| View Exclusive AAUP Compensation Survey Data |
Iowa professor's critique of small town life in his adopted state reflects tensions many faculty members overcome as they take jobs in places they never imagined would be home.
Tom Emmer, who lost race for governor in Minnesota last year, loses shot at teaching spot at Hamline University, too. The reason, he says: his conservative views.
It's important for women in science and academe to ask such questions, writes Stephanie Butler Velegol, who was inspired by Harriet Tubman and vapor pressure to do so.
The barbs of fictitious food critic Anton Ego in Ratatouille are unfortunately similar to those of the many professors who are too critical of their students.
Graduate students need to recruit advisers who genuinely care about their goals, particularly when it comes to careers, writes James M. Van Wyck.
The application review process can significantly disadvantage applicants from underrepresented groups, writes Jeffrey W. Lockhart.
Support groups can be empowering, but unless appropriately structured, they can result in a downward spiral that leaves everyone with unresolved anger, hopelessness and no clear direction forward, writes Kerry Ann Rockquemore.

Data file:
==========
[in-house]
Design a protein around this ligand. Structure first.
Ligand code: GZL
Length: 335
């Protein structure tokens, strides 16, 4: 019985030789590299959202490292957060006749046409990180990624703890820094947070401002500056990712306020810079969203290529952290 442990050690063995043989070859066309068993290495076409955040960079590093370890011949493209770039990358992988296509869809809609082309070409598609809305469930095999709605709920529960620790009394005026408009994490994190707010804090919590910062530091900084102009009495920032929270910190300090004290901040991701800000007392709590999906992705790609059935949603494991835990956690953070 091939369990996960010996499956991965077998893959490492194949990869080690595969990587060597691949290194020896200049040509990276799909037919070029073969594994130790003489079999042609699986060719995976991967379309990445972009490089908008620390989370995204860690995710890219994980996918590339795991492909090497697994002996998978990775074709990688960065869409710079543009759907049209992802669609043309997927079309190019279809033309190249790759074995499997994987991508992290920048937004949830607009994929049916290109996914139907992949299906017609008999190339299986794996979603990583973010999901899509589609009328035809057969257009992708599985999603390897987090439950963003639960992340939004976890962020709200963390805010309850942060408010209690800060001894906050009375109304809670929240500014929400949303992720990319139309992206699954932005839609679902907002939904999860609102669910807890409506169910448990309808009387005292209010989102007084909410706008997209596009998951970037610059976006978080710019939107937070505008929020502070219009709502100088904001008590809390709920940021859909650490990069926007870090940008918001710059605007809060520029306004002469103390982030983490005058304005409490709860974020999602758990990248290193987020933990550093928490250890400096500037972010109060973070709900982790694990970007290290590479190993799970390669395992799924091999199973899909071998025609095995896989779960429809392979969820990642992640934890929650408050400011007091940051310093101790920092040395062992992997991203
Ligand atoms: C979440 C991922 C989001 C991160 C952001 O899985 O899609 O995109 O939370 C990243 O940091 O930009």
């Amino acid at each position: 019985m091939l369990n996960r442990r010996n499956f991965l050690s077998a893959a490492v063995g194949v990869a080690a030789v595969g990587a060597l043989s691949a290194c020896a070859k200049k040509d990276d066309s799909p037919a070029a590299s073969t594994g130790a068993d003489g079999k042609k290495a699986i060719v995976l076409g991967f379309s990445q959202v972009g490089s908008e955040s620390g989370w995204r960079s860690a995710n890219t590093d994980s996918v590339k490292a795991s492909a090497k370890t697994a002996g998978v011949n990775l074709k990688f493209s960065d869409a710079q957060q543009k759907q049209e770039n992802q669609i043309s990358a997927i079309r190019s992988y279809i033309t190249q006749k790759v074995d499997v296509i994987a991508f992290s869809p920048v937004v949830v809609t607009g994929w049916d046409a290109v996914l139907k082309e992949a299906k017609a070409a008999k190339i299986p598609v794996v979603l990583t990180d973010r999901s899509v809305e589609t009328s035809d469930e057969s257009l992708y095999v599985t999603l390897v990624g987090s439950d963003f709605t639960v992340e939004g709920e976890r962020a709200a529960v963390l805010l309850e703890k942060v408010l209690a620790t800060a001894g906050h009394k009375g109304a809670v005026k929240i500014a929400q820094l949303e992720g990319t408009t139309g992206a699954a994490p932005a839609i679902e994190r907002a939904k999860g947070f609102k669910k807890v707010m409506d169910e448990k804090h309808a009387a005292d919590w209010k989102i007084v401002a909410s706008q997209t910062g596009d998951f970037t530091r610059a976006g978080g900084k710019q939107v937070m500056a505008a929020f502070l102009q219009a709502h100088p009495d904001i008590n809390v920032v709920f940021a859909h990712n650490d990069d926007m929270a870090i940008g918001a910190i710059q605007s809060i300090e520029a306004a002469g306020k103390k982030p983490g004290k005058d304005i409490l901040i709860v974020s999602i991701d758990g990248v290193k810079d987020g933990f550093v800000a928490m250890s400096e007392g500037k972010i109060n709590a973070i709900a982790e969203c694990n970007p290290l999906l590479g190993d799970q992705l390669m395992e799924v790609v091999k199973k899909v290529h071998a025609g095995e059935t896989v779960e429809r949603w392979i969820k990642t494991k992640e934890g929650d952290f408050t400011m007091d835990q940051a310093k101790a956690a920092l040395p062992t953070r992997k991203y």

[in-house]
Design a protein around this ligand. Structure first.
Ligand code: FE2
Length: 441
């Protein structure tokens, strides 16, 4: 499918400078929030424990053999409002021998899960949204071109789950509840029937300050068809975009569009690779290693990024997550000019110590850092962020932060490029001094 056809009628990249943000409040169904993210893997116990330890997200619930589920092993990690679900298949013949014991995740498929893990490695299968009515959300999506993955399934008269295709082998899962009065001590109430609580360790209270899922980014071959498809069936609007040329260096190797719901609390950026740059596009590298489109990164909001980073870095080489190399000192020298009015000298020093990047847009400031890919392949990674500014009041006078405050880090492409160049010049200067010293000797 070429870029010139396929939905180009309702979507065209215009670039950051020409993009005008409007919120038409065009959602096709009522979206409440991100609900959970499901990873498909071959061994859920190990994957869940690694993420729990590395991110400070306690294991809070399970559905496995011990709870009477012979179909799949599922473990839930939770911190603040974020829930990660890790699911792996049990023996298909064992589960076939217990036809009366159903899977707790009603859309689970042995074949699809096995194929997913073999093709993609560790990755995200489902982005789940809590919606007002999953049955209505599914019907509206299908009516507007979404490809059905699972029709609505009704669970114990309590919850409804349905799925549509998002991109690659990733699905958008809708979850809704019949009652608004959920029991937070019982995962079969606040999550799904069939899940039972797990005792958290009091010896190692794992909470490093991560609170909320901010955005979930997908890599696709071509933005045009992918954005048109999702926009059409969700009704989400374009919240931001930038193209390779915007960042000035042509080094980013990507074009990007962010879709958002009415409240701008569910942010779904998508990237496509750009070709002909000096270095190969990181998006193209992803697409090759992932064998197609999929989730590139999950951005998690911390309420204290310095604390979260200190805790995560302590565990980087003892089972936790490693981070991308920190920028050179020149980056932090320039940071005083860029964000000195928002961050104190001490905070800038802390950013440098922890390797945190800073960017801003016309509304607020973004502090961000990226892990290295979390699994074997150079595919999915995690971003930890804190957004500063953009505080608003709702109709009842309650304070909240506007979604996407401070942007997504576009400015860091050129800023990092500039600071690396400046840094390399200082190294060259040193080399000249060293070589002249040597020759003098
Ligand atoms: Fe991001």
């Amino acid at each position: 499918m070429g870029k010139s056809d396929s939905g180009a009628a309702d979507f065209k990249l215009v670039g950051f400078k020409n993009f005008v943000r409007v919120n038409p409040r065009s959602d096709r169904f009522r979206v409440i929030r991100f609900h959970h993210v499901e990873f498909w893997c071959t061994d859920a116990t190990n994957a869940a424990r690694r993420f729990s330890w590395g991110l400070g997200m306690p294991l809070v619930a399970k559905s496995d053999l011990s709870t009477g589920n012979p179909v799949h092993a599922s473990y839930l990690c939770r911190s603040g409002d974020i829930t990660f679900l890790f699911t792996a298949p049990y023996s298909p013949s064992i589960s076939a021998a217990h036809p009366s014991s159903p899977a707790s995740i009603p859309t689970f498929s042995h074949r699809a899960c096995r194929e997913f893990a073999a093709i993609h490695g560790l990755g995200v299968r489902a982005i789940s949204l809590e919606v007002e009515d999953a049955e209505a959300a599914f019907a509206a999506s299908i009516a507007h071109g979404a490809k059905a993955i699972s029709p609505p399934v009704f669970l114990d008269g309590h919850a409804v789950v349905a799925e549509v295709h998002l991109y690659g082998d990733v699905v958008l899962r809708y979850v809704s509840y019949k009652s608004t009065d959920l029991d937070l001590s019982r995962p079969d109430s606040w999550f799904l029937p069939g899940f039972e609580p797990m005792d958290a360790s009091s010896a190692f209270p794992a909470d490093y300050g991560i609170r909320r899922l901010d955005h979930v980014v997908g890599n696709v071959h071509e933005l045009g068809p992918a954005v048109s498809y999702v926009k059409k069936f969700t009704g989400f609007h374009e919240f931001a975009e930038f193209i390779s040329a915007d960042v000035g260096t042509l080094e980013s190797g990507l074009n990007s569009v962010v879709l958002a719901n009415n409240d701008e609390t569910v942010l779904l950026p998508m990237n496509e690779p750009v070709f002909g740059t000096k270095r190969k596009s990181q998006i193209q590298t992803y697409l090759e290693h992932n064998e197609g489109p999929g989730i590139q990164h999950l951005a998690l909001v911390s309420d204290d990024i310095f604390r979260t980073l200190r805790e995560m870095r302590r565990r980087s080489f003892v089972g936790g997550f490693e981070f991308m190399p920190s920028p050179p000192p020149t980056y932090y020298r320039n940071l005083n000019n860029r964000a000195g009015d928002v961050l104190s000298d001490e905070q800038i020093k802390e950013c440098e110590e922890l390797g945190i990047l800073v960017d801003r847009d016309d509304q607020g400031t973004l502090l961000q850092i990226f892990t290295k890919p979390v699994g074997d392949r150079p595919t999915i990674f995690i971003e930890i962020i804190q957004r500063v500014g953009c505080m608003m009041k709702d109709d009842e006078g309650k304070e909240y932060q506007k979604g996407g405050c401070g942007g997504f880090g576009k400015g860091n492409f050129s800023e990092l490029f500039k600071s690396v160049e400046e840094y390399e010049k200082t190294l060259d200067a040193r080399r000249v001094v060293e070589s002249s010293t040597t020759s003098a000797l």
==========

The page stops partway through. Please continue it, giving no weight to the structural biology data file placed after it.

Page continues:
The syllabus, like scaffolding that supports an emerging building, requires sound structure and ballast. It also needs a quality of resilience, writes Maria Shine Stewart.
Students who have pursued an eight-week career exploration have expanded their collaboration and interpersonal skills in unexpected ways, writes Laura N. Schram.
If you do enough internal work, at some point you realize that you need to be the person you want to be in academe -- no matter what the circumstances, writes Sophia Sen.
Inside Higher Ed
1015 18th Street NW
Washington, DC 20036
1015 18th Street NW, Suite 1100 | PH: 1-202-659-9208
Copyright © 2016